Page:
Voice for Real Estate 85: GDPR, AMCs, Midyear Mtgs, Infrastructure

Brokers and associations face changes to their websites and other data collection activities as a European Union rule to protect privacy takes effect. AMC-ordered appraisals don't overvalue property at a higher rate than appraisals ordered by lenders. A two-year goal for federal environmental reviews for infrastructure projects are ambitious. Sales are up for the second month in a row, and REALTORS® will be focusing on tax policy changes, Fair Housing, Net Neutrality, and flood insurance on their visits to members of Congress in mid-May for the REALTORS® Legislative Meetings in Washington. 

Featured segments: 

  • EU privacy rule (GDPR) 
  • Appraisal management companies (AMCs) 
  • Infrastructure environmental reviews 
  • Home sales 
  • Town hall on 2018 federal lobbying priorities 


Will you be affected by Europe’s new privacy rule?

The federal government takes a close look at the work of appraisal management companies

And home sales head up

These stories and more on The Voice for Real Estate

Hi, I’m Stephen Gasque of the National Association of Realtors.

A rule by the European Union that takes effect next month may require changes to your website. The rule—called the General Data Privacy Regulation, or GDPR—seeks to protect the privacy and security of people who live within in the European Economic Area, which covers more than 30 countries. It requires you to get an affirmative opt-in from European residents before you can put a cookie, or data tracking code, on their computer when they come to your site to browse listings or access other information. And it requires you to delete or take other actions with their data if they request it. NAR’s Liz Sturrock has more.


Sturrock and Finley Maxson, NAR senior counsel, discussed and answered questions about the rule in a Facebook Live event NAR hosted last week. You can access that webcast on NAR’s YouTube channel.


Has the growth in appraisal management companies, or AMCs, over the last several years led to more over-valuations in appraisals? That’s a question researchers at the Federal Housing Finance Agency looked at and their answer is no. Appraisals ordered by AMCs don’t result in overvaluations of property any more than appraisals ordered directly by the lender.

Here’s Rebecca Jones, chair of NAR’s Real Property Valuation Committee, on FHFA’s findings.


AMCs have been part of the industry for decades but their use increased dramatically after the financial crisis a decade ago. That’s when the Federal Housing Finance Agency encouraged their use by Fannie Mae and Freddie Mac as part of an agreement known as the Home Valuation Code of Conduct, or HVCC. The idea was to create a firewall between lenders and appraisers by having AMCs act as middlemen. NAR supports their use as one option of many for promoting appraisal accuracy.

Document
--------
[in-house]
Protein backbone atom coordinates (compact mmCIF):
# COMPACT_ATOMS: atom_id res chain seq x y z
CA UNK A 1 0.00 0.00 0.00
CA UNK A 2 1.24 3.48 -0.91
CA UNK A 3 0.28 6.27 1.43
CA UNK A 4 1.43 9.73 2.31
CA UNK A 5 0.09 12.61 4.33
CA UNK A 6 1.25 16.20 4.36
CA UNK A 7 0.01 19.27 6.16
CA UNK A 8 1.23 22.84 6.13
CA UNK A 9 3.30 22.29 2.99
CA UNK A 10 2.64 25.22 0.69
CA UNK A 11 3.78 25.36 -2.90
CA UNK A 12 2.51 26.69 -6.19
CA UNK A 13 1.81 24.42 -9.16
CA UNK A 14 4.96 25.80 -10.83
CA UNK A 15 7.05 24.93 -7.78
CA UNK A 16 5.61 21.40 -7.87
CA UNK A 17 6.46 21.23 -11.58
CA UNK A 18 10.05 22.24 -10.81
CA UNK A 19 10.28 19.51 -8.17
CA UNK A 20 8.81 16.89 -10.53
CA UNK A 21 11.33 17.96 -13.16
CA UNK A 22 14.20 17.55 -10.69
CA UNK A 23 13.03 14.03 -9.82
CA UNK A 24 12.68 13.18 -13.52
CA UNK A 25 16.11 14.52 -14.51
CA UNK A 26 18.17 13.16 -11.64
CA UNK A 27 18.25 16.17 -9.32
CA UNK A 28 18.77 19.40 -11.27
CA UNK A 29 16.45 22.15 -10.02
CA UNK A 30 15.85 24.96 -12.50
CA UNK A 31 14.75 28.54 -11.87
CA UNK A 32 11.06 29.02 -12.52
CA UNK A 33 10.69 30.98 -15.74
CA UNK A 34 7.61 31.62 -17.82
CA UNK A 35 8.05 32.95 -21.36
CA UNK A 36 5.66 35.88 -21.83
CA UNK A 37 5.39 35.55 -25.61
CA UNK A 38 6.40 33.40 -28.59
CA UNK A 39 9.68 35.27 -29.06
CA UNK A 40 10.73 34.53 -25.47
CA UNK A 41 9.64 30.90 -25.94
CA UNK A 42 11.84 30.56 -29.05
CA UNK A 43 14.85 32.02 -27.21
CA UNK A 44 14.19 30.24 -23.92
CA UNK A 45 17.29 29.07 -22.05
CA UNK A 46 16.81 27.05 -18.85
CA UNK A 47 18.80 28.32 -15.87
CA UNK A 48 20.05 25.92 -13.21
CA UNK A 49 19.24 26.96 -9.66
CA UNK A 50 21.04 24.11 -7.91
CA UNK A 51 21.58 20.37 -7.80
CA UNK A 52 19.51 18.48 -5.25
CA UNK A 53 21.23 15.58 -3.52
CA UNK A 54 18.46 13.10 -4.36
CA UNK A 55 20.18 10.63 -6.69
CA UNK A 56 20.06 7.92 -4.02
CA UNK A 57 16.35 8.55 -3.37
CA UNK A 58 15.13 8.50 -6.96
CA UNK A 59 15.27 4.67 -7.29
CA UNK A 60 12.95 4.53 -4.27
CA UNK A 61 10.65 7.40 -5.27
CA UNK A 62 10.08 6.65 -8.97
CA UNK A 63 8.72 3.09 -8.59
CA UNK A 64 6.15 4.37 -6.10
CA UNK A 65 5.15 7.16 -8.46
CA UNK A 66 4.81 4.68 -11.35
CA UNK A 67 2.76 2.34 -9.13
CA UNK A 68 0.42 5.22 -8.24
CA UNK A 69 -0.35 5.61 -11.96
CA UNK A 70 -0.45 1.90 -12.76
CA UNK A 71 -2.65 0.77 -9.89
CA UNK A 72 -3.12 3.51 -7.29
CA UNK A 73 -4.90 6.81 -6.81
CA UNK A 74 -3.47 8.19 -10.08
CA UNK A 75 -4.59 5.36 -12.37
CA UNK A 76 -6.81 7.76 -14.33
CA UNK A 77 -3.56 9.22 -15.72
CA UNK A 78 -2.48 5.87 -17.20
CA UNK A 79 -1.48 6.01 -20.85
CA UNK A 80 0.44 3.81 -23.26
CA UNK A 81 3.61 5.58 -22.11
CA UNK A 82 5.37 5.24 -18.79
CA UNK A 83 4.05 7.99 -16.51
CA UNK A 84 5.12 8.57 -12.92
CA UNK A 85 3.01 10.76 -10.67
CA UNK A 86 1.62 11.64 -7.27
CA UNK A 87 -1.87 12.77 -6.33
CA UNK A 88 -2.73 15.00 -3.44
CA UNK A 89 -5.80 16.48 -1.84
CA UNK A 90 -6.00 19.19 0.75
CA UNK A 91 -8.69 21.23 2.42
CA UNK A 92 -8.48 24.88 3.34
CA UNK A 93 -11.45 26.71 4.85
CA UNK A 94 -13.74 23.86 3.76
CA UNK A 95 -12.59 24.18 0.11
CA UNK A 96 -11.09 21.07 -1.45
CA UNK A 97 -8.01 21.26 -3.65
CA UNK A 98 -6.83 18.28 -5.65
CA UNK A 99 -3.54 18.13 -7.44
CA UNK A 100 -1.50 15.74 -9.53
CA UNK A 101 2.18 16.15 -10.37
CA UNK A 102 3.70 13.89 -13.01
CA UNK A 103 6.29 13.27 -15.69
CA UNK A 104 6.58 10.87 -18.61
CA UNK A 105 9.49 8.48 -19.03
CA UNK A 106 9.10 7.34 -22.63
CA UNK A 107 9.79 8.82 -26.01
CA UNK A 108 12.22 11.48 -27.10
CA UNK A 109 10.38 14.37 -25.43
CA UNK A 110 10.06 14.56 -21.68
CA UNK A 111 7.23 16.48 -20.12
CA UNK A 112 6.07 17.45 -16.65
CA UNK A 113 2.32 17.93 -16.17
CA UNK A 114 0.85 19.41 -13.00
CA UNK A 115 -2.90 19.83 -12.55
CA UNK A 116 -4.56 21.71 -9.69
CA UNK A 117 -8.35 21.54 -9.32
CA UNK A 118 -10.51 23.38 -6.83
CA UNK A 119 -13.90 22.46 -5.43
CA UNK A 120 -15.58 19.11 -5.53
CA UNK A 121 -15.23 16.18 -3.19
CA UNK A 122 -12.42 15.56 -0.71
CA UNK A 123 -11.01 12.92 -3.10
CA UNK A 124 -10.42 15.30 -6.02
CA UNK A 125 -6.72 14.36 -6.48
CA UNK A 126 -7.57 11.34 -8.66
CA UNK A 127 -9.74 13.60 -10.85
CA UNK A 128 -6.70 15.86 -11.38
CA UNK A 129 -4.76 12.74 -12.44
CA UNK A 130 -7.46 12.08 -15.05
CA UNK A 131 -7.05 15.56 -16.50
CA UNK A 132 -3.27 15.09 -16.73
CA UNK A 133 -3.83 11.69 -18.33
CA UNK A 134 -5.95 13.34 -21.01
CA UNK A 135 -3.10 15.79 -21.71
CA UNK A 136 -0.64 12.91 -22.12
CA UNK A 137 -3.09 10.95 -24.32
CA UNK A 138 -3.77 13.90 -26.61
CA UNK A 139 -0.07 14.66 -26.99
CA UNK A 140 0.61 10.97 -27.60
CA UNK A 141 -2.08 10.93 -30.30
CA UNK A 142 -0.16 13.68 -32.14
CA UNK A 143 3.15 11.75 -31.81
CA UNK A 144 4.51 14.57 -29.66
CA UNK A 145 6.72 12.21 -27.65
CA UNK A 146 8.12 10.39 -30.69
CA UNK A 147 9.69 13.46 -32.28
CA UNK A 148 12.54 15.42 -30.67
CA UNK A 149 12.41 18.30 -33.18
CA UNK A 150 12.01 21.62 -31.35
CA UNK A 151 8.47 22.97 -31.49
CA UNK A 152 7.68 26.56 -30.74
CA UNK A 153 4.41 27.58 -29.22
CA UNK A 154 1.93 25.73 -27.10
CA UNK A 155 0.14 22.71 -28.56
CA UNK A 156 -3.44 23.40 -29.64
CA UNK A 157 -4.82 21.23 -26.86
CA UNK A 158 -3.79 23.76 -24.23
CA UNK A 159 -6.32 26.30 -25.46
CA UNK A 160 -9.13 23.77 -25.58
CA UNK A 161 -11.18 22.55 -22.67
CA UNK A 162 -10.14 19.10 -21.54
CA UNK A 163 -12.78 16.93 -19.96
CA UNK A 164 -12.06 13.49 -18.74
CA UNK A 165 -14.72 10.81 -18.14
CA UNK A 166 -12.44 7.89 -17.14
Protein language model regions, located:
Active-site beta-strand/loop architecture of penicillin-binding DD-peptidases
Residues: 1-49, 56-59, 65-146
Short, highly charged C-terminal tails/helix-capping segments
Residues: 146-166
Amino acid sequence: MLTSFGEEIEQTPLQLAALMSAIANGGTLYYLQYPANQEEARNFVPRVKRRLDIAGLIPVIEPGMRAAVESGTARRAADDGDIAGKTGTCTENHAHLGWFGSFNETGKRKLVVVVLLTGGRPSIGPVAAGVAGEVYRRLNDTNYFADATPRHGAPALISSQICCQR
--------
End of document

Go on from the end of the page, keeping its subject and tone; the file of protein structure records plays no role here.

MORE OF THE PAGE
Good news on the effort to repair and replace our nation’s infrastructure. Twelve federal agencies, including the Army Corps of Engineers, Department of Transportation, and Environmental Protection Agency, have release a joint agreement that sets a goal of two-year project approval times. NAR’s Russell Riggs has more. [How long does it take now typically?] Yes! Either in Stephen’s comments or in the first thing Russell says, we need to say what’s typical today.


Other aspects of the administration’s infrastructure plan, including the $200 billion in seed money to generate $1.3 trillion in private investment, must still be taken up in Congress.


Home sales were up by about 1 percent in March. That’s the second month in a row of higher home sales, even though low inventories and mortgage interest rate increases are pushing the cost of homeownership up. NAR Chief Economist Lawrence Yun has more on pressures facing markets across the country.


Next week, NAR releases its latest data on contract signings, and we’ll see if sales continue to trend up.


In May, thousands of Realtors from across the United States will be in Washington. They’ll be here for the Realtors Legislative Meetings & Trade Expo. High on their agenda will be meetings on Capitol Hill to help ensure members of Congress know exactly where Realtors stand on issues crucial to real estate. You can learn about those issues in a live town hall meeting on May 10 with NAR Chief Lobbyist Jerry Giovaniello and all of NAR’s legislative representatives. NAR Deputy Chief Lobbyist Jamie Gregory has more on the town hall meeting.


I'll be your host for the town hall meeting. Again, that's Wednesday, May 10, at 2 p.m., Eastern. You can sign up today online.


And that’s our show for the week of April 23. You can get more on everything we talked about at The Voice for Real Estate page on nar.realtor. Thank you for joining us and be sure to join us again as we bring you the latest news from The Voice for Real Estate.


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